Bloomsbury to Publish The Occasional Virgin by Hanan al-Shaykh
Challenging stereotypes of Arab women, The Occasional Virgin features two vividly realised, feisty female characters and fearlessly addresses questions of sexuality, Islam and identity – from the hijab to marriage and female chastity.
With one of the most important voices from the Arab world, Hanan Al-Shaykh has done much to illuminate the lives of women in the Middle East.
The Occasional Virgin will appeal to fans of All Grown Up by Jami Attenburg, The Girls of Riyadh by Rajaa Al-Sanea, The Yacoubian Building by Alaa Al Aswany and ‘The Cairo’ trilogy by Naguib Mahfouz.
About the book: From a major novelist of the Arab world comes a bold, witty and highly contemporary novel about two women looking for love, set in Italy, Lebanon and London.
Huda and Yvonne are on holiday in the Italian Riviera, enjoying the sun and the sparkling Mediterranean, reminiscent of their childhoods in Lebanon. Yvonne doesn’t know what she’s doing wrong, either there or back in London where she runs an ad agency – she seems to spend her time waiting for the right man to come along and not leave again just as quickly. Her friend Huda has no problems in this department, only she isn’t really interested in her effect on men – till Hisham comes along. But it isn’t love spurring Huda on, it’s her desire to teach him a lesson. Because while you can’t escape your past, you can perhaps avenge it.
Frank, funny and fearless, The Occasional Virgin is the colourful, wickedly entertaining story of two unforgettable women and the lengths we’ll go to for love.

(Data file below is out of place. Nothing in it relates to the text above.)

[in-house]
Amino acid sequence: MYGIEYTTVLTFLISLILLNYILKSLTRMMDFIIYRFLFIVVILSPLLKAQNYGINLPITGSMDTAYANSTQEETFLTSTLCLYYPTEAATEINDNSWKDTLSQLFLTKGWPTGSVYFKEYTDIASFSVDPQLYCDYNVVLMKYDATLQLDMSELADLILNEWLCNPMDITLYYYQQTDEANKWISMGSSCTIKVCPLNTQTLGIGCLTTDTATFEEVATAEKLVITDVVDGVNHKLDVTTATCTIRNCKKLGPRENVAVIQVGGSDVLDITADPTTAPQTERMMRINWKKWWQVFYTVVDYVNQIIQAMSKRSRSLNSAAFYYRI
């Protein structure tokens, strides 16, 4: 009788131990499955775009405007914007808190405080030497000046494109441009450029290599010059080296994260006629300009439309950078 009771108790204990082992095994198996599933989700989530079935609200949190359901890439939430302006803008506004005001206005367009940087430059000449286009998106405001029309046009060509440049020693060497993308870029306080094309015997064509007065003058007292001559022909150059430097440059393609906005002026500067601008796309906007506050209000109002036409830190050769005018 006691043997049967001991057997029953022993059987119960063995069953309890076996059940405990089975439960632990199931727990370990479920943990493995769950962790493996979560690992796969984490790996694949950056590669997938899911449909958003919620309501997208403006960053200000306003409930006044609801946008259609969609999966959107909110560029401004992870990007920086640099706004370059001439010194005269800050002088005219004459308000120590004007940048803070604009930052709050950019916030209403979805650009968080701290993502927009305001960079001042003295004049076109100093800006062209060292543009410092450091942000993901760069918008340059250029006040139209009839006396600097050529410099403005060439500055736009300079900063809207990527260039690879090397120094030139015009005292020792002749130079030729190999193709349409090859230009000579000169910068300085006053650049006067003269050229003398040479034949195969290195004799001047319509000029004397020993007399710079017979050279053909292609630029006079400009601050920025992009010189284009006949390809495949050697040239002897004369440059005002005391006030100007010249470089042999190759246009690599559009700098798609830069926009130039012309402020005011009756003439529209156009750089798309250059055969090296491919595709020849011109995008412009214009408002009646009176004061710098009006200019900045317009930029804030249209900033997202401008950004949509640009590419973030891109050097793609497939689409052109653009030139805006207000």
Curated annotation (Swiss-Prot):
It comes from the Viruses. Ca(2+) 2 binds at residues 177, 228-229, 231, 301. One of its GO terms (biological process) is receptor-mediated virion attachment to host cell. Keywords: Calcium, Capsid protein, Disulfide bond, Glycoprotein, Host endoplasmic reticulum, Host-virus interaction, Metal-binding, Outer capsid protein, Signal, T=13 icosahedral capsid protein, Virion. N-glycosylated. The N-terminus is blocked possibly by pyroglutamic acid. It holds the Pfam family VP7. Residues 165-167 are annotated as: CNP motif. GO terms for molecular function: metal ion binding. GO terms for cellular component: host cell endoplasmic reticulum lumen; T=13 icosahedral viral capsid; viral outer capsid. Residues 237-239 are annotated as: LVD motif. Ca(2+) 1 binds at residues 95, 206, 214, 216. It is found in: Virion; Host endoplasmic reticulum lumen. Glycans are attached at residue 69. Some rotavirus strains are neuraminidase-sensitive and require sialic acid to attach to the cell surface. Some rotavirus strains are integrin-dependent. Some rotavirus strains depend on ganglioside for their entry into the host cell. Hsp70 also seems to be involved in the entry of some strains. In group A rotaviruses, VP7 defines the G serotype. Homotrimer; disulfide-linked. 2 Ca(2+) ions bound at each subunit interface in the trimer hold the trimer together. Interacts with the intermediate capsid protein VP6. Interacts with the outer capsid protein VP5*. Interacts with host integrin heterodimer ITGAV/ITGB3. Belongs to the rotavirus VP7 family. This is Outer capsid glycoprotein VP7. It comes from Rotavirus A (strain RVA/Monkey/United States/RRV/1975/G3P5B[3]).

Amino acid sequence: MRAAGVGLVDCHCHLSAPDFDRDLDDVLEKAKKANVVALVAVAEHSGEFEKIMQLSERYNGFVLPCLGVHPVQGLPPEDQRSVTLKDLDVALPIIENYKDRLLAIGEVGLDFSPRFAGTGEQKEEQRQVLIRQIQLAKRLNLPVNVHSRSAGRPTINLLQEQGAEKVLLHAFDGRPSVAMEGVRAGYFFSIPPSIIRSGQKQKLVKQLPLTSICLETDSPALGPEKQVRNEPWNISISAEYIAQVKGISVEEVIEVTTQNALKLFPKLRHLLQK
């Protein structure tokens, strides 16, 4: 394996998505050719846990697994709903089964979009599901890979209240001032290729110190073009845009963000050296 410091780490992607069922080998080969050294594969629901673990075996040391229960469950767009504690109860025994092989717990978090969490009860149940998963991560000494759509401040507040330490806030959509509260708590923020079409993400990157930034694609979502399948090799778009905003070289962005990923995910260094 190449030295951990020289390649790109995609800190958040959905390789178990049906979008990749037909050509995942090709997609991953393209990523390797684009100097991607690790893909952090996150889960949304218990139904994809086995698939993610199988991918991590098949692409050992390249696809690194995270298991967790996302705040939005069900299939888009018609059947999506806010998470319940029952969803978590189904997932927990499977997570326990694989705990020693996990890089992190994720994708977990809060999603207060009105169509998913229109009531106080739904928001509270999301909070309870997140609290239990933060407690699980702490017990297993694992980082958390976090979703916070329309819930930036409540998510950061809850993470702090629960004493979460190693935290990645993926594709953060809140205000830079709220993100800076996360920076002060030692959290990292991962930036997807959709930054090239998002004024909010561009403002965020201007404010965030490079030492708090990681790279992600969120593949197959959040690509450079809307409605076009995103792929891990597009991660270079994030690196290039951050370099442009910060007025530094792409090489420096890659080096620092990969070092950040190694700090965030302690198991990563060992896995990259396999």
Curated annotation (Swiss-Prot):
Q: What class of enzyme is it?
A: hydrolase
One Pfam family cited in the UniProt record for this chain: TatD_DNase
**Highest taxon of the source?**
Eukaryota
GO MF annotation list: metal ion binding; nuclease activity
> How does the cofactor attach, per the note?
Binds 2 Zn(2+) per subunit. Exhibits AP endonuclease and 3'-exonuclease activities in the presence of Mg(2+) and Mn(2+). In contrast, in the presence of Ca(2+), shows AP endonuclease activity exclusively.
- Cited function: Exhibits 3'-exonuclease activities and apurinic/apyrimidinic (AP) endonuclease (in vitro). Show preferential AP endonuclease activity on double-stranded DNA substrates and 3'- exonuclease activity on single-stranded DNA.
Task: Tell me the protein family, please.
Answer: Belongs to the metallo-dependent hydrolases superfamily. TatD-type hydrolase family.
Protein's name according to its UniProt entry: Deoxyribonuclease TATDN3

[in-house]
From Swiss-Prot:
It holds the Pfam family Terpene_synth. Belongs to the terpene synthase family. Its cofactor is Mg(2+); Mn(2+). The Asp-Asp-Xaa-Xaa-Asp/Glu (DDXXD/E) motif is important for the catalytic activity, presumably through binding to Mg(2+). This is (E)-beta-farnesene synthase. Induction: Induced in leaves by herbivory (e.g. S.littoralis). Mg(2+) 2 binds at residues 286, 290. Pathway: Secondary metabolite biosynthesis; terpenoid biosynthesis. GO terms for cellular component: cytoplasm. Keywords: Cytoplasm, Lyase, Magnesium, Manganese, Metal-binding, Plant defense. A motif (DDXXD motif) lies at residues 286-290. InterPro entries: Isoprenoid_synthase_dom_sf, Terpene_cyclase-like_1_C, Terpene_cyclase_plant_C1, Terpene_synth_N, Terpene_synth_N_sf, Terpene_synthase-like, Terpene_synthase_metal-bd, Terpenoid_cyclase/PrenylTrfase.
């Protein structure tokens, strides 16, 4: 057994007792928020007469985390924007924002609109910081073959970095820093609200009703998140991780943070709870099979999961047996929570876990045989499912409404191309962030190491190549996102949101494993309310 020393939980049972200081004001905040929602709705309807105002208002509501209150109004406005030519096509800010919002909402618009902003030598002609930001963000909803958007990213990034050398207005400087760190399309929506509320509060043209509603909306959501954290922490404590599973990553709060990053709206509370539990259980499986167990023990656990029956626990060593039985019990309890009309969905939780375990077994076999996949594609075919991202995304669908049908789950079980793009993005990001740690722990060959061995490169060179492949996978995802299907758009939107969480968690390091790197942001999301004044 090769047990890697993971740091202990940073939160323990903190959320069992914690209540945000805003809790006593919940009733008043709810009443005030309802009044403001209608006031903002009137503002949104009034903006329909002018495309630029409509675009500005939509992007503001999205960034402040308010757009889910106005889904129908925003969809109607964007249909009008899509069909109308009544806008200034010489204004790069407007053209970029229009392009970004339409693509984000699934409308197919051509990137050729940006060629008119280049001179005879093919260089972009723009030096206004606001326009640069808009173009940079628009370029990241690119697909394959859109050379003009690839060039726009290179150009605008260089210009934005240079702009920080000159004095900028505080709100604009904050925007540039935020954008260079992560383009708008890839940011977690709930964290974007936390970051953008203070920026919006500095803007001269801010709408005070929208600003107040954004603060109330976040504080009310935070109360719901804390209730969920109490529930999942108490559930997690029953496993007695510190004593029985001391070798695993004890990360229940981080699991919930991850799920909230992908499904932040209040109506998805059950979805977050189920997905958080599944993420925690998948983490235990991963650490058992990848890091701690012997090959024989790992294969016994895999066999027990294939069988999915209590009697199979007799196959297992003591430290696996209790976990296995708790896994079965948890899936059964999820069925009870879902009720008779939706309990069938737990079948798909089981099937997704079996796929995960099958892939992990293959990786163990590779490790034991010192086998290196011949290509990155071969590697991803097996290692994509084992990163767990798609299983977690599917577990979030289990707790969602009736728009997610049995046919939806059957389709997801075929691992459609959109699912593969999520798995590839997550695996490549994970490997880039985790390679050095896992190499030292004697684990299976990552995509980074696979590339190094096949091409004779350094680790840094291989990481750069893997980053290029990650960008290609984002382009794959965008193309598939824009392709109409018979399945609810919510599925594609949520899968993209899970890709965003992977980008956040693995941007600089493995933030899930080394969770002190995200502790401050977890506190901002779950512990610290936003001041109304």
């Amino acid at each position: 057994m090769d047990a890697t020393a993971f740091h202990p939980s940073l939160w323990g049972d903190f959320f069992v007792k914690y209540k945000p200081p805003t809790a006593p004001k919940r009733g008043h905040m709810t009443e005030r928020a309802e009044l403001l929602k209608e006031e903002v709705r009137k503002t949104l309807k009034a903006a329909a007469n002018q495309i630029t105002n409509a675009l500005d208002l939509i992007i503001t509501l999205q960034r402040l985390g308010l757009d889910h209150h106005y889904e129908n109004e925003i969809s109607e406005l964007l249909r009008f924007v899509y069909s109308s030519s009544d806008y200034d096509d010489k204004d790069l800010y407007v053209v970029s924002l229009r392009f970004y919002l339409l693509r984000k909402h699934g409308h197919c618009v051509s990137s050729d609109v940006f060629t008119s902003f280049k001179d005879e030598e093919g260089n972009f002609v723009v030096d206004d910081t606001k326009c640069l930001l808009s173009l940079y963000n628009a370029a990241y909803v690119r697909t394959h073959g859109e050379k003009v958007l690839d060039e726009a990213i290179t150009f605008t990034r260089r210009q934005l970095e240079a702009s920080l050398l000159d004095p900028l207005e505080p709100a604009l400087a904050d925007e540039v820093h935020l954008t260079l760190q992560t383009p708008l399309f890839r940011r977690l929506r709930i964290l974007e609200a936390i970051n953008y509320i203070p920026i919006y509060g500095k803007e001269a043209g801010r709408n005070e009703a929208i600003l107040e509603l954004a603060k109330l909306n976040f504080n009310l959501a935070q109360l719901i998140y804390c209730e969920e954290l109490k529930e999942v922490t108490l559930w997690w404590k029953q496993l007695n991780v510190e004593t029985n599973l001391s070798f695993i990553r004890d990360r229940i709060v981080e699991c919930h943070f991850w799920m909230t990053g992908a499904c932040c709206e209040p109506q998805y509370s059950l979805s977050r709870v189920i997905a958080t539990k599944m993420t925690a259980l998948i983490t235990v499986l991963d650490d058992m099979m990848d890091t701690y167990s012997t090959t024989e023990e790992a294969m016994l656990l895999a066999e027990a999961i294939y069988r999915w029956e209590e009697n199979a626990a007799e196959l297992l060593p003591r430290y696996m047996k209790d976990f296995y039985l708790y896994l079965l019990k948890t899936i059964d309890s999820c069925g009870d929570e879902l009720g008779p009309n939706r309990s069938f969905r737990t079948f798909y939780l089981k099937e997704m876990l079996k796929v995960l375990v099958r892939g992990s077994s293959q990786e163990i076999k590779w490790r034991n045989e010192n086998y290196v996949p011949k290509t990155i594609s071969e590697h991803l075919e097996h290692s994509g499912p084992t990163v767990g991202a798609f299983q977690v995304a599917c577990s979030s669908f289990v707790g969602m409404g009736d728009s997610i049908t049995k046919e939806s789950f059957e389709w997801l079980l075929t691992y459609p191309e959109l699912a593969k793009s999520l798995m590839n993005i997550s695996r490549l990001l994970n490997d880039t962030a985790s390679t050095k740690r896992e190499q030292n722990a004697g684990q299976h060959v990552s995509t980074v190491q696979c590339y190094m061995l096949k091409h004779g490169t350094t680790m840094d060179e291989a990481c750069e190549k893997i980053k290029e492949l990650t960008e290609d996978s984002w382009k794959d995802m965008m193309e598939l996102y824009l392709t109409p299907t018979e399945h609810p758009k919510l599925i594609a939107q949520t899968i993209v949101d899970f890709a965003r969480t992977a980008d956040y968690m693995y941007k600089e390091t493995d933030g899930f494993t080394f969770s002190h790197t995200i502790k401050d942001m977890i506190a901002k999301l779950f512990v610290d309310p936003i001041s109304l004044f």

About the author: Hanan Al-Shaykh is one of the Arab world’s most acclaimed writers. She was born in Lebanon and brought up in Beirut, before going to Cairo to receive her education. She was a successful journalist in Beirut, then later lived in the Arabian Gulf, before moving to London. She is the author of the short story collection I Sweep the Sun off Rooftops and her novels include The Story of Zahra, Women of Sand and Myrrh, Beirut Blues, Only in London, and The Locust and the Bird, a memoir of her mother’s life. Most recently she published One Thousand and One Nights, her acclaimed reimagining of Arabic folktales. She has also written two plays, Dark Afternoon and Paper Husband. Her work has been translated into 28 languages. Hanan Al-Shaykh lives in London.
Catherine Cobham is a lecturer in Arabic and head of the department of Arabic and Persian at the University of St Andrews. She has translated a number of contemporary authors from Arabic, including Naguib Mahfouz, Mahmoud Darwish, Hanan al-Shaykh, Fuad al-Takarli and Ghayath Almadhoun.